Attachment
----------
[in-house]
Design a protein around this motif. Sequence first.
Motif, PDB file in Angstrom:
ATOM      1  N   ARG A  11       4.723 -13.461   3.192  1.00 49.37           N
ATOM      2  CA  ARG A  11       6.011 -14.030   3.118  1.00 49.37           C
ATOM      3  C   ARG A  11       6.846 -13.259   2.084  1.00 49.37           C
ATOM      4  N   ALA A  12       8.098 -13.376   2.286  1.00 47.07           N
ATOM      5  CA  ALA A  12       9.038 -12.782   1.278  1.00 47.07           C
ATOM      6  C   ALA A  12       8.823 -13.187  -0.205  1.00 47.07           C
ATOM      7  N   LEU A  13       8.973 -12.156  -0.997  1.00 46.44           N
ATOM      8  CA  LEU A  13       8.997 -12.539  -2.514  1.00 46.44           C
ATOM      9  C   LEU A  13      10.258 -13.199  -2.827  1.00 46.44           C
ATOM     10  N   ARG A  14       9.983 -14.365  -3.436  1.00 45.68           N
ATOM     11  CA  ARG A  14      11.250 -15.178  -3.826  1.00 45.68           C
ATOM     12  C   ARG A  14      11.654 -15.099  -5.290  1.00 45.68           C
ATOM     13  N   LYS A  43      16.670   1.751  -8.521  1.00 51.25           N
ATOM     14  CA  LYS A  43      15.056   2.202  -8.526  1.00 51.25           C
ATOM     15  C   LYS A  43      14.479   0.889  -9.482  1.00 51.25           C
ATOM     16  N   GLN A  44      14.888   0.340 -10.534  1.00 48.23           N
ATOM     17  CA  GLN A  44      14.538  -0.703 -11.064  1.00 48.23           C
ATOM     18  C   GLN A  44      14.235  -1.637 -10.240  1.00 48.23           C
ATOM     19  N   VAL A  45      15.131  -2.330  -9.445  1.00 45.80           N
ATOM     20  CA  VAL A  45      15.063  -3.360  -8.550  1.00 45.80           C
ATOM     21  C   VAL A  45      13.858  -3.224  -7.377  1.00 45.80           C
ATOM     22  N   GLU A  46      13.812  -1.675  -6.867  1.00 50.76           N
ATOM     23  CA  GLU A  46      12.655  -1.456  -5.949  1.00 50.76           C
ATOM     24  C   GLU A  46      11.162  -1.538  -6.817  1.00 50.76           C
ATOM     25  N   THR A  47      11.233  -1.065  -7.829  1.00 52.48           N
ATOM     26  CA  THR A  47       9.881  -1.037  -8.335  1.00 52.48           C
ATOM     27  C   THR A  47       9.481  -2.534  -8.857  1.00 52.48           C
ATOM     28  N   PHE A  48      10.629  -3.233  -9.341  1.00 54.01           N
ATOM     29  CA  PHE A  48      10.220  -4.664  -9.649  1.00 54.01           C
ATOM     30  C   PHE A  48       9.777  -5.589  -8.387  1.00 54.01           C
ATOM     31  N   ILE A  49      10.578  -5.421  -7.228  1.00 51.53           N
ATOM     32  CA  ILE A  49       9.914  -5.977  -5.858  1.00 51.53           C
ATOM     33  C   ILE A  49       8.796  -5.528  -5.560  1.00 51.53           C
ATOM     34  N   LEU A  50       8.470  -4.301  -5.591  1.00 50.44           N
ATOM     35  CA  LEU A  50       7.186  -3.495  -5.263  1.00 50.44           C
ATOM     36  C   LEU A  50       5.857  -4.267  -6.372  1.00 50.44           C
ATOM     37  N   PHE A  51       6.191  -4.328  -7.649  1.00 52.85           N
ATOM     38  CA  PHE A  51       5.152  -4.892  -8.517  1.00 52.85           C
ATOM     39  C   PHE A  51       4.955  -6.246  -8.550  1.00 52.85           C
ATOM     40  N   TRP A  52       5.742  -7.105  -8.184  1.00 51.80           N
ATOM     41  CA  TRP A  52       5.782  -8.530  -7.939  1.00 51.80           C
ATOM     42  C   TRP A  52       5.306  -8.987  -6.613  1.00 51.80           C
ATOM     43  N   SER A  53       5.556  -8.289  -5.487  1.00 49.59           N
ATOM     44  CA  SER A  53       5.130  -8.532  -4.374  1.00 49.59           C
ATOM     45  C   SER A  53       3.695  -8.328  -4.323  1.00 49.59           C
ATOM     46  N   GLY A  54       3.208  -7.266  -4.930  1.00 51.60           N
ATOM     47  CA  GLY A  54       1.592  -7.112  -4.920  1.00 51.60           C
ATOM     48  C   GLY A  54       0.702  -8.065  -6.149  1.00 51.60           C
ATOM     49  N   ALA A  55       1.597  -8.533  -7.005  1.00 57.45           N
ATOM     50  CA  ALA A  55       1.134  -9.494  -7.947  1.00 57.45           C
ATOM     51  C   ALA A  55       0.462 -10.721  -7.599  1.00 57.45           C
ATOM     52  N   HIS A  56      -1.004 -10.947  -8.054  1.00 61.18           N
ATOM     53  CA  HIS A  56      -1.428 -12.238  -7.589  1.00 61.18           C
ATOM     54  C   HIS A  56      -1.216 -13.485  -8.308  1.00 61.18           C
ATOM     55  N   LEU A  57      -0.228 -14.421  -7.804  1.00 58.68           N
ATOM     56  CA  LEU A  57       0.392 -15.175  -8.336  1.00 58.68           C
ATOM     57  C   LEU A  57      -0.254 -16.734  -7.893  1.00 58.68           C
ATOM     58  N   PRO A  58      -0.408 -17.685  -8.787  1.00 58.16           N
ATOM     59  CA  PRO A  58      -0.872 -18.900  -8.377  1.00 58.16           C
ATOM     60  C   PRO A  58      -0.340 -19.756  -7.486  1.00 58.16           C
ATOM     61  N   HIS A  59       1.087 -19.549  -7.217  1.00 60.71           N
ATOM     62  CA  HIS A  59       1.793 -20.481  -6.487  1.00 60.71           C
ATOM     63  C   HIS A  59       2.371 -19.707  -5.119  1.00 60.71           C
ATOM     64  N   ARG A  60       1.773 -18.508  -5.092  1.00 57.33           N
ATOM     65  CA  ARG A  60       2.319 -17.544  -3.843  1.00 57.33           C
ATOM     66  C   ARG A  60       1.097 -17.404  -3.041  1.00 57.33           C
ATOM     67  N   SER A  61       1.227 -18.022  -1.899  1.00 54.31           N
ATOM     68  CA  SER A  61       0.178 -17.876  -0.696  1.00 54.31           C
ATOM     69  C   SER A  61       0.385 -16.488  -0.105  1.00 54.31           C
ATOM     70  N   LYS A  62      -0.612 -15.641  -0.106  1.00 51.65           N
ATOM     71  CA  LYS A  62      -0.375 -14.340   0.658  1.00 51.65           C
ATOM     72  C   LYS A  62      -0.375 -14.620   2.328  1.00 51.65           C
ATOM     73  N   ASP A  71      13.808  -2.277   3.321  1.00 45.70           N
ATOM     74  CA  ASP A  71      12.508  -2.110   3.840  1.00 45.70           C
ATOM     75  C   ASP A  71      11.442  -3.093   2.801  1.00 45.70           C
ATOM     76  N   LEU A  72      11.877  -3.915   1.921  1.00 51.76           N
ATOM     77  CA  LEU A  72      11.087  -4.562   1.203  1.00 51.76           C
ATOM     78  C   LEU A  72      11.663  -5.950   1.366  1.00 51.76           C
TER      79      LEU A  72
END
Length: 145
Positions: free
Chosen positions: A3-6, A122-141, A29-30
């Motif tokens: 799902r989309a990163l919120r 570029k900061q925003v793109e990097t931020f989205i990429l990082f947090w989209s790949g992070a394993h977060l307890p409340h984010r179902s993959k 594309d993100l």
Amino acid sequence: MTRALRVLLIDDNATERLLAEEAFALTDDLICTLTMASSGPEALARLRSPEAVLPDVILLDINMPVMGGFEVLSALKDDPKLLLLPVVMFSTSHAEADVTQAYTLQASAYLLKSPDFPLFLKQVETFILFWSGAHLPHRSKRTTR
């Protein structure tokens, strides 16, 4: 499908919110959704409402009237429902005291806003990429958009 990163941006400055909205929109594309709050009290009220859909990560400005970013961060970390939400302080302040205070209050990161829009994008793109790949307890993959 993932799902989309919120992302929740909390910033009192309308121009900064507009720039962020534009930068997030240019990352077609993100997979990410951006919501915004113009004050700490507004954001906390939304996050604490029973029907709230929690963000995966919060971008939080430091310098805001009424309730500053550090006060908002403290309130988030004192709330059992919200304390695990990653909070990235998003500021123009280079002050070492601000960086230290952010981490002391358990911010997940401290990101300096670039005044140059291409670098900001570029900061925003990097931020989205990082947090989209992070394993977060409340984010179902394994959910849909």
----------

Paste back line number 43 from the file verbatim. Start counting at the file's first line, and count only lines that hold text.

ATOM     40  N   TRP A  52       5.742  -7.105  -8.184  1.00 51.80           N